This year to end the lab day students completed an around the room circuit about the water cycle. They did great on this assignment!


Basically, students start with any question in the room and each answer leads them to a new question. At the end, they should end up back where they started. It is great because students can check themselves based on the path they take.

All in all, I loved my lesson and I really think my students learned the information in a fun and interactive way! Do you want to use some of the ideas I mentioned? If so, just click on any image to be linked to that resource! Happy Teaching!!


WPATV – A Weather Room Transformation


Who didn’t grow up in awe of the weathermen and women on TV in front of a green screen? I was always amazed that they were able to point to certain cities and such. For our meteorology unit, I transformed my room into a news station. Complete with “Craft Services!”

The set up was very easy. I borrowed a green screen from a co-worker (although I have since found out that you can use any green fabric). I then angled my chairs towards the screen for a studio audience. For Craft Services, I made lemonade and asked parents to donate powdered donuts. I made a simple poster of the TV Station logo using one of our local stations as inspiration. Lastly, I played news them songs as the students came in.

What did Students Do?

They researched weather information prior to the transformation. Upon arriving in class they were given a script to fill-in and make cue cards. Then for the first 30 minutes we had production meetings in groups. They met with me and selected their background. Then, the final part of class we filmed the weather reports.

The app I used for filming is called Do Ink –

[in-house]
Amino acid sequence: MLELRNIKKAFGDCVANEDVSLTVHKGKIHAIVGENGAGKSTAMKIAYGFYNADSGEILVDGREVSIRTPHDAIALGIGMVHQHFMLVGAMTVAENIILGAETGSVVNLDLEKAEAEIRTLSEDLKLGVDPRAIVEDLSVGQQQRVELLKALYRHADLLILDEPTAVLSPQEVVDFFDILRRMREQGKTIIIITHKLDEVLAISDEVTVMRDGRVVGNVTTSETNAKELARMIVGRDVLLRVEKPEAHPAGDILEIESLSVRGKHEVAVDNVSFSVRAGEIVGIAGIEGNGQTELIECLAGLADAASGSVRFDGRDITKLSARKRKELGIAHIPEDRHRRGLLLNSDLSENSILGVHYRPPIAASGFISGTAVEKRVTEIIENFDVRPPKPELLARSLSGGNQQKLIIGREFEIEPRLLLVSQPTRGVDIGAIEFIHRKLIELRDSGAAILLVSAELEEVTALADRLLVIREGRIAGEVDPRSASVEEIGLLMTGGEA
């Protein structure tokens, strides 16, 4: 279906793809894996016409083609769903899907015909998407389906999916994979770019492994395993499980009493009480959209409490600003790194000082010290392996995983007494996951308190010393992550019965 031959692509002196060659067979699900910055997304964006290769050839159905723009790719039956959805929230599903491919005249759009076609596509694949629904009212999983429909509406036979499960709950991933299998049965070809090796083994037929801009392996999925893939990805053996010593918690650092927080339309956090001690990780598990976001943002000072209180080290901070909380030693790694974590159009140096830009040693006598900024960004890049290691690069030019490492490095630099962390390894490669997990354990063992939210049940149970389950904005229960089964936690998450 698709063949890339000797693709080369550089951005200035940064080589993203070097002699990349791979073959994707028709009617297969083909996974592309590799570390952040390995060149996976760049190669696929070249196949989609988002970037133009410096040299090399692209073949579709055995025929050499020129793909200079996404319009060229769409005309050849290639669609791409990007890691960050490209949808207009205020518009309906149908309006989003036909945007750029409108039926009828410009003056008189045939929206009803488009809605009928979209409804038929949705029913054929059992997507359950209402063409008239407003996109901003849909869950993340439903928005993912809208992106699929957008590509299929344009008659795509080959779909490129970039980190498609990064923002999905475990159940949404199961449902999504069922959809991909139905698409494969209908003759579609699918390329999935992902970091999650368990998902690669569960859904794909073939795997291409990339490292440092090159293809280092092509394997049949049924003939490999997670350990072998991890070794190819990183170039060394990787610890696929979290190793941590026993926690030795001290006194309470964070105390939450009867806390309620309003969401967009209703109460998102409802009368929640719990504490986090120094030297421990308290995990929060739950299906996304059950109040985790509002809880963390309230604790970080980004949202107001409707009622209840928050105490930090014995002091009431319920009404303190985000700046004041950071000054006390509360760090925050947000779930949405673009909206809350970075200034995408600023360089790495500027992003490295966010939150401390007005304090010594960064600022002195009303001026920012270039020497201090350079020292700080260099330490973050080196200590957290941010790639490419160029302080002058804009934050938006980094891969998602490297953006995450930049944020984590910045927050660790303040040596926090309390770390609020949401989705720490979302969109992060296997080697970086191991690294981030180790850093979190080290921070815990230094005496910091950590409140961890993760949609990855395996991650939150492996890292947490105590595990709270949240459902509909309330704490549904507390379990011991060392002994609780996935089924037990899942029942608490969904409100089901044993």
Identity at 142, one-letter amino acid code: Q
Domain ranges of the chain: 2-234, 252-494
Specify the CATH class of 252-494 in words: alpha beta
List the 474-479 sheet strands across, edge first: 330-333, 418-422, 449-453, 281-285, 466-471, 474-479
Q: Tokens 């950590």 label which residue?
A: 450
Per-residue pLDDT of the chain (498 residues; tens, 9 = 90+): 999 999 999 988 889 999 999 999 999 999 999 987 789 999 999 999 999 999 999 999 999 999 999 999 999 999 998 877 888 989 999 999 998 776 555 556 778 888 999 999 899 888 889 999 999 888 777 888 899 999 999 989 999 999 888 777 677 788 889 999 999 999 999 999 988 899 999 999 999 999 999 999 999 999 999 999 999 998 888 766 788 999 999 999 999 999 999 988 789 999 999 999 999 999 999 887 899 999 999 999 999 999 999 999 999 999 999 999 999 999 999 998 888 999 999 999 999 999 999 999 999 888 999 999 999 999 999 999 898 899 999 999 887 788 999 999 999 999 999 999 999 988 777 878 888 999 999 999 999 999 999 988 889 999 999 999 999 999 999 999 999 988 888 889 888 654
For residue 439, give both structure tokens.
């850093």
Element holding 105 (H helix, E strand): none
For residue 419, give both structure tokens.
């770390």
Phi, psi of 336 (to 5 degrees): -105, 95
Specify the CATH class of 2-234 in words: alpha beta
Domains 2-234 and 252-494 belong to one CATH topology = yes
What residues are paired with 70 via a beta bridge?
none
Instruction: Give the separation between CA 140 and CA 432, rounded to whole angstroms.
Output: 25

The kids loved completing this project and we had a watch party once I put all the reports together. What do you do during your meteorology unit?


GSTA 2019!

On Wednesday I will be headed to the Georgia Science Teachers Association Conference. I am super excited about going, but also super nervous too!

I will be presenting a session at 8am on Friday over Room Transformations and how to engage students with real-world science. My session will be Amazing Race themed and I even have goodies for all of my participants. If you are attending, please come to my session. I would love to meet you!

Some other sessions I am interested in:


First-timers Session – I had the opportunity to attend NSTA last year. However, this is my first GSTA, so I thought it might be helpful.

Incorporating Literacy into Stations – I feel pretty strong in this area. However, I am interested to see what other people are doing in their classroom.

Teaching Guided Science Through Stations – This is something I am very interested in. I would love to incorporate more stations into my day to day lessons.

Time Saving Strategies with Science Notebooks– I love my science notebooks, but I hate how much time I feel is wasted on putting together foldables sometimes. I hope to find some great ideas from this session.


My Session – eeekkk!! It’s going to be great 🙂 I cannot wait to transform a session room!

Increasing Literacy in 6th Grade Science- Wow a session just for 6th grade. I am thrilled and hope I can make it to this because it is right after my session.

Making Lessons Sticky – Retention is huge and the problem this session is set to help solve.

Quit Teaching, Start Facilitating – This has been one of my goals as well. To have students who could be leaders in their own learning.